as narrated by Pavak “Stellar” Desai
No matter how great you are, the universe can show you things that dwarf you. That is, in part, why I spend my time among the stars while the people that I love remain behind on a tiny world so remote from where I am that even our Sun is no more than a spec of light lost within a vast milky sea.
“The Terravore are initiating their warps. Arrival in ten minutes from my mark.” Mav, the alien telepath who was coordinating my team’s efforts, relayed to us.
“The Galactics of Earth are in position. We will keep your northern hemisphere safe.” I reported back.
It was hard to imagine that anyone would wish harm on the planet that floated a thousand kilometers beneath me. It was home to twenty billion sapients and was graced with a natural beauty that was rarely seen in the cosmos. Three interstellar civilizations, not counting Earth, held it jointly and in peace, which was something else seen only rarely among the stars.
As a center for trade and art, Haven was unmatched by any world humanity had yet encountered. To the Terravore though it was nothing more than another enemy stronghold to be destroyed.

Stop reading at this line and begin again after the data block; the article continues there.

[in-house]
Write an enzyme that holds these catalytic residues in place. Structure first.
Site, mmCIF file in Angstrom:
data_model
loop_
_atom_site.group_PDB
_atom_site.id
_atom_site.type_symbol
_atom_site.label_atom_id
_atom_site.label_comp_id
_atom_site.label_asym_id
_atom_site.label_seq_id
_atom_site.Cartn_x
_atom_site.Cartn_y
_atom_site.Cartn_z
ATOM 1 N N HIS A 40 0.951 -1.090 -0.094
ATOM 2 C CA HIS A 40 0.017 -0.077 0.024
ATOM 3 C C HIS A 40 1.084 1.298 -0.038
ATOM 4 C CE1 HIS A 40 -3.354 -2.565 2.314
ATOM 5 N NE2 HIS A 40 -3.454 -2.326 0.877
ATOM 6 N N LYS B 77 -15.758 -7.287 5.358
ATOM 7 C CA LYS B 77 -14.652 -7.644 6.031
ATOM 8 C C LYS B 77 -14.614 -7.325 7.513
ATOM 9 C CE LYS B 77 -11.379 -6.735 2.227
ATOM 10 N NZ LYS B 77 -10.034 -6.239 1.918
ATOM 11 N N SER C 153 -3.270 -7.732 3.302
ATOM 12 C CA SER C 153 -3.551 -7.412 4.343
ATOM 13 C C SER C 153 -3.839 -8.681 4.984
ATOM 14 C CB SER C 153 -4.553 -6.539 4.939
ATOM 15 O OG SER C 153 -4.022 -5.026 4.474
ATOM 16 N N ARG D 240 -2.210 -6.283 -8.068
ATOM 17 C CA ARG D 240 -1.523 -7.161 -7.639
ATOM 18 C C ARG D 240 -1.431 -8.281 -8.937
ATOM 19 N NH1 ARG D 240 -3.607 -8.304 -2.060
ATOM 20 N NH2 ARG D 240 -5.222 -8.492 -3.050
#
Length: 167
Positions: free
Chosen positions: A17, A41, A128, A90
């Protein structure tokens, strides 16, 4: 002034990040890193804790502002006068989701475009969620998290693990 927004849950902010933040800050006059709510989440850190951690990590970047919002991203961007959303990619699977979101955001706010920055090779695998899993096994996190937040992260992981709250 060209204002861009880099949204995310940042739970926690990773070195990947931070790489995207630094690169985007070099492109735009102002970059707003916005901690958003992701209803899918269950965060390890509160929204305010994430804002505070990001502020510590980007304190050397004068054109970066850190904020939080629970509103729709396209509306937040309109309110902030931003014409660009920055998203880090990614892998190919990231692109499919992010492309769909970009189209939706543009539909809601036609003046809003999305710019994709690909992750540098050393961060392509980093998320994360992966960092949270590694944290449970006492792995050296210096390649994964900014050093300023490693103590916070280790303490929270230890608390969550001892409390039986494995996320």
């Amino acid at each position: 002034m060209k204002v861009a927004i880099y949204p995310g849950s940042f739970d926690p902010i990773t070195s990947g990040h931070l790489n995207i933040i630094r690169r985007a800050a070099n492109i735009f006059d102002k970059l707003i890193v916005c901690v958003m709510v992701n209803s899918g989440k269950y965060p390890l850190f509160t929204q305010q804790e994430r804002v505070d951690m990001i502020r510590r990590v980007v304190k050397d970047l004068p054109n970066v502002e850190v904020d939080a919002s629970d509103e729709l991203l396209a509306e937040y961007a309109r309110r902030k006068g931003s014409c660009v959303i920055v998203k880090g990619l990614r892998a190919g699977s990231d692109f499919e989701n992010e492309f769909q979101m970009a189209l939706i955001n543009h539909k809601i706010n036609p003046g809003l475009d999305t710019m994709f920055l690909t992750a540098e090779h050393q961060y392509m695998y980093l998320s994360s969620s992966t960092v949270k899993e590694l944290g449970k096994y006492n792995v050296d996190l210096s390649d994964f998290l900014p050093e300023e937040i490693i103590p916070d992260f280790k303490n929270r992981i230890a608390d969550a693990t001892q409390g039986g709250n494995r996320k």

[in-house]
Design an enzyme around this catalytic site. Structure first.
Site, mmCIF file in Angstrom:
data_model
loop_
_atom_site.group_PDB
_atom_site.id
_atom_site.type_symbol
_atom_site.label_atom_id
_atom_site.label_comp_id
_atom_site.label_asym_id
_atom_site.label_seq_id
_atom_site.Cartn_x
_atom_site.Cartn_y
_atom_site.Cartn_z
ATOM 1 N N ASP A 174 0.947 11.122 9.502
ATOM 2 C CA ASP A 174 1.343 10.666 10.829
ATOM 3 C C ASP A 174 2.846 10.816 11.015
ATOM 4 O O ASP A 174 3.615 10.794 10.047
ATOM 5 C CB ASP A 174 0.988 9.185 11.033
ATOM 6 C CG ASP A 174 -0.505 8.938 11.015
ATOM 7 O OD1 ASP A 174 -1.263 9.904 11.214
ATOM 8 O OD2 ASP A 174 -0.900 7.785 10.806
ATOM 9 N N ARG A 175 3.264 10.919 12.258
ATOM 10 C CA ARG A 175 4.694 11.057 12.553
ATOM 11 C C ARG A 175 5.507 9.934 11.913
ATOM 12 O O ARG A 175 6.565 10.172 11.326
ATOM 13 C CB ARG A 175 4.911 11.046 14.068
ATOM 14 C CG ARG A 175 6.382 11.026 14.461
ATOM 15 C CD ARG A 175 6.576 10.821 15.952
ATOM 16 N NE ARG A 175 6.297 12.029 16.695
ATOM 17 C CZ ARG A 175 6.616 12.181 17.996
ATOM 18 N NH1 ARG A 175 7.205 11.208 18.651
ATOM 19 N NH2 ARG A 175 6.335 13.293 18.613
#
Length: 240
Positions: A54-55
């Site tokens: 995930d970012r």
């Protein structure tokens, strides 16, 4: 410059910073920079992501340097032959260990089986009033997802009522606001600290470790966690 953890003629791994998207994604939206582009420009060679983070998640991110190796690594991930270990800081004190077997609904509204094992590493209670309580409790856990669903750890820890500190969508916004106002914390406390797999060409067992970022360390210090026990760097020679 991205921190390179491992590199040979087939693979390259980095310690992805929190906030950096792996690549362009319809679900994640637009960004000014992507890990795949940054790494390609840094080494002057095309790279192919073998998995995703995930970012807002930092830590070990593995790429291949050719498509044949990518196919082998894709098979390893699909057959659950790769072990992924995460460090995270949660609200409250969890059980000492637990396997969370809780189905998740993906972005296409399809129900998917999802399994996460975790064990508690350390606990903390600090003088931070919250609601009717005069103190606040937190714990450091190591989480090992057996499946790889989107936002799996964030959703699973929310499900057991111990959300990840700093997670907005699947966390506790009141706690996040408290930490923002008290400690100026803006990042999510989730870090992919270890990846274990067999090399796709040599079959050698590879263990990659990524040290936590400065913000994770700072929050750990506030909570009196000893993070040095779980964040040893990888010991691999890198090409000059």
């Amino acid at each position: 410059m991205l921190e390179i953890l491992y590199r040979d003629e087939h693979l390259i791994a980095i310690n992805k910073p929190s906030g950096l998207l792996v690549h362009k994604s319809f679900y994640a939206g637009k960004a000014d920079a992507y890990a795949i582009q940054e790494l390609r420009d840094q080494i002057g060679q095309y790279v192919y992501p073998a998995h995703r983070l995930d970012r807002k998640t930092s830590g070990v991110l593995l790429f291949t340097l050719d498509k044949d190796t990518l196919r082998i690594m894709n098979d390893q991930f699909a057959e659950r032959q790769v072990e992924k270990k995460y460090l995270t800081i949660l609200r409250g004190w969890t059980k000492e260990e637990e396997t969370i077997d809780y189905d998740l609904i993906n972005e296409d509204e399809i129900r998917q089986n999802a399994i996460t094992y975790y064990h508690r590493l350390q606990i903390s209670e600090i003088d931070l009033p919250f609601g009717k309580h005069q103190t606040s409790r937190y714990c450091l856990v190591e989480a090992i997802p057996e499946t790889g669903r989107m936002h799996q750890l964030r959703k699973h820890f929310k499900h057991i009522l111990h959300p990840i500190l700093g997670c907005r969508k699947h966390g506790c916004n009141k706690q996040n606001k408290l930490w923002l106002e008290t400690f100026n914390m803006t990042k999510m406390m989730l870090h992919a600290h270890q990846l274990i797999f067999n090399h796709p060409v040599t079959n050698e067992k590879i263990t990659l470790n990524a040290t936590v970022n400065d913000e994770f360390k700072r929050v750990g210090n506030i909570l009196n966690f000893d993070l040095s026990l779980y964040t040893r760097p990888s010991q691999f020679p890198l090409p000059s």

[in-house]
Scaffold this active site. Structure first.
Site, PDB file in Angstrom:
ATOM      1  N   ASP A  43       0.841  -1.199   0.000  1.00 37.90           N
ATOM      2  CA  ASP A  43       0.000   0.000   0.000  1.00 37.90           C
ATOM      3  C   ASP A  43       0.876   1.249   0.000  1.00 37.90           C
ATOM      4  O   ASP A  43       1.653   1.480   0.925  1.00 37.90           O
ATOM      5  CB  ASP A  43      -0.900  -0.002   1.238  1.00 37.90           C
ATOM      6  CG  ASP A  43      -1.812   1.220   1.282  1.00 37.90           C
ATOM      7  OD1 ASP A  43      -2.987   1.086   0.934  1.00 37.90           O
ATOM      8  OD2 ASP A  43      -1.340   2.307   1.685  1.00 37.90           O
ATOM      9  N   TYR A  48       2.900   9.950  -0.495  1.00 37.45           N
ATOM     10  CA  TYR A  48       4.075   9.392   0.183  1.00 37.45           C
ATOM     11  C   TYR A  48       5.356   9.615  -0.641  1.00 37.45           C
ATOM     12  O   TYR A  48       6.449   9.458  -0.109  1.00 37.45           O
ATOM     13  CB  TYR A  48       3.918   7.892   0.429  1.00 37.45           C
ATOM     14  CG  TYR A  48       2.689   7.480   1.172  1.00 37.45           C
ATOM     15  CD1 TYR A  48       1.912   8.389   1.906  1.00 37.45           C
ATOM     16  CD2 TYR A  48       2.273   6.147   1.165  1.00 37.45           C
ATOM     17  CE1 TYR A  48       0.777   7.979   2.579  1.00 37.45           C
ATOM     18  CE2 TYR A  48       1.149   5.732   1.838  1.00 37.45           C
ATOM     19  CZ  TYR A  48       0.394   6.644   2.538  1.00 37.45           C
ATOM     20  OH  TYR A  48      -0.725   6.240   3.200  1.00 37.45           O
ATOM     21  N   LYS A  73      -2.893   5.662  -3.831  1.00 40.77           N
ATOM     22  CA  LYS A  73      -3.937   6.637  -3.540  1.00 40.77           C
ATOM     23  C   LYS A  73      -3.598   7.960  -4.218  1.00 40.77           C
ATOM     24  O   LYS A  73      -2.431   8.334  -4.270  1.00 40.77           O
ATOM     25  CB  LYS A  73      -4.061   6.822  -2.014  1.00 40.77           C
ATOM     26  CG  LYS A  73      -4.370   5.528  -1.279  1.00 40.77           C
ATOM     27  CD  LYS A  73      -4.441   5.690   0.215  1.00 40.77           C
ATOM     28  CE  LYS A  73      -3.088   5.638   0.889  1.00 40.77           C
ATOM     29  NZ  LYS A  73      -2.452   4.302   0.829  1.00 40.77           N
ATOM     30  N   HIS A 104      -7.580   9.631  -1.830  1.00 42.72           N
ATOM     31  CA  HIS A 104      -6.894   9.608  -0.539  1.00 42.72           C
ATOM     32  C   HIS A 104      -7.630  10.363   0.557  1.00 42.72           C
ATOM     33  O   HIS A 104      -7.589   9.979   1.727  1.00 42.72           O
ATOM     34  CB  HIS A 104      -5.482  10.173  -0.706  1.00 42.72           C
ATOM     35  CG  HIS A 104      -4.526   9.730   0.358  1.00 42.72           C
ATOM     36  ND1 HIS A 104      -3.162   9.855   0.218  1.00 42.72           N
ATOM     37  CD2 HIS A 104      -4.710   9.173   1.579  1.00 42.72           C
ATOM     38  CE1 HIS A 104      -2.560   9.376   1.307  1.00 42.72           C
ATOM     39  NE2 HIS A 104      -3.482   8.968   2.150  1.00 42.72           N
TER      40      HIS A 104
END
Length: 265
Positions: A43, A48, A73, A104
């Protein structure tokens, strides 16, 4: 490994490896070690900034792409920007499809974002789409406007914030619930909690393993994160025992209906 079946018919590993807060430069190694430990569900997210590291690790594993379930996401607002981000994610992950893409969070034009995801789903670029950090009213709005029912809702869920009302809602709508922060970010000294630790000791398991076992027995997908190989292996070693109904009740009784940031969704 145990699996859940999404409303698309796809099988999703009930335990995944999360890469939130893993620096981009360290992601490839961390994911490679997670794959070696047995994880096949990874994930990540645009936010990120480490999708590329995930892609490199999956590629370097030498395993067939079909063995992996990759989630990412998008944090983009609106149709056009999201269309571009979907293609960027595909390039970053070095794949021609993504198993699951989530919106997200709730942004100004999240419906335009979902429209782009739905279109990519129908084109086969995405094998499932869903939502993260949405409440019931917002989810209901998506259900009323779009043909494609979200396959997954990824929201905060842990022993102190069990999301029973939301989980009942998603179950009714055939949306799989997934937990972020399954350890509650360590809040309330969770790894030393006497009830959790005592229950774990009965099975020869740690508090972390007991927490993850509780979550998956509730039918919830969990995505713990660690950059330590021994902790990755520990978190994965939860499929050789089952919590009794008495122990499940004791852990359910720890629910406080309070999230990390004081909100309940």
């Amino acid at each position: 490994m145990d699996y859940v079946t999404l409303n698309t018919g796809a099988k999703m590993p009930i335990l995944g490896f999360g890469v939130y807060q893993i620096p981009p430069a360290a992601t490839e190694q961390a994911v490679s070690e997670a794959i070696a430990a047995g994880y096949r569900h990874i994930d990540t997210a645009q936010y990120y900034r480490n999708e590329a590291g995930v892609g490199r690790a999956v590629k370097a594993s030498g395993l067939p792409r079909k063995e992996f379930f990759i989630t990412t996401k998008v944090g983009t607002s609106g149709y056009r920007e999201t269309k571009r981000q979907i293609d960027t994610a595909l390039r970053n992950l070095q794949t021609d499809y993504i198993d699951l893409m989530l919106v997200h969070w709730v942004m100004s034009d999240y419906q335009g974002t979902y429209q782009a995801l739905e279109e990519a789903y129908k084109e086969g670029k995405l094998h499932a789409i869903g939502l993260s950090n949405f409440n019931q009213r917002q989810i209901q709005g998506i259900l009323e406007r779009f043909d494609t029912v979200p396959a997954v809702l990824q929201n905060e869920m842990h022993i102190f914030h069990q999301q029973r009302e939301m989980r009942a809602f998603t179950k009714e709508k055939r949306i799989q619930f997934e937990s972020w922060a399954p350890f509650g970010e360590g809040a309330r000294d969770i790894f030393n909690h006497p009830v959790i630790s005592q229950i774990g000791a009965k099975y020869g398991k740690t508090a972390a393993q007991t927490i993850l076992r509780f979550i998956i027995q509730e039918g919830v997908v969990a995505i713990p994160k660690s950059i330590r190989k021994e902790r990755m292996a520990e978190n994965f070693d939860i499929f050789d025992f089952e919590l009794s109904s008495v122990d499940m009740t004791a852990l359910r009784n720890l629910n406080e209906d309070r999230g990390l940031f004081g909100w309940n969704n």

Interstellar civilization doesn’t have a record of the Terravore’s genesis. What our allies have told us is that it likely began as a weapon of an ancient and extinct starfaring race. Maybe it was only deployed as a last retributive strike against an oppressor race. Maybe unleashing it was an accident. Whatever its origins though, the Terravore grew far beyond them over the aeons that it roamed the heavens.
A hive mind of molecular machines, each carrying the sum of the entity’s knowledge and capabilities in subatomic storage. The Terravore wasn’t the sort of weapon that won wars. The Terravore didn’t fight at all. It simply devoured. Any planet that showed signs of sapient life was targeted for annihilation and nothing had yet been able to convince the Terravore to show mercy.
Entire planets and every scrap of matter that made them up were consumed and transmuted into the greater bulk of the Terravore. Once the planet-killing war machine had consumed everything within a solar system it would dive into the local star and satiate its need for power directly. When it had drunk its fill, the bloated Terravore would then divide into smaller sub-entities and venture forth to continue its war on a universe its creators must have imagined contained nothing but hostile enemies.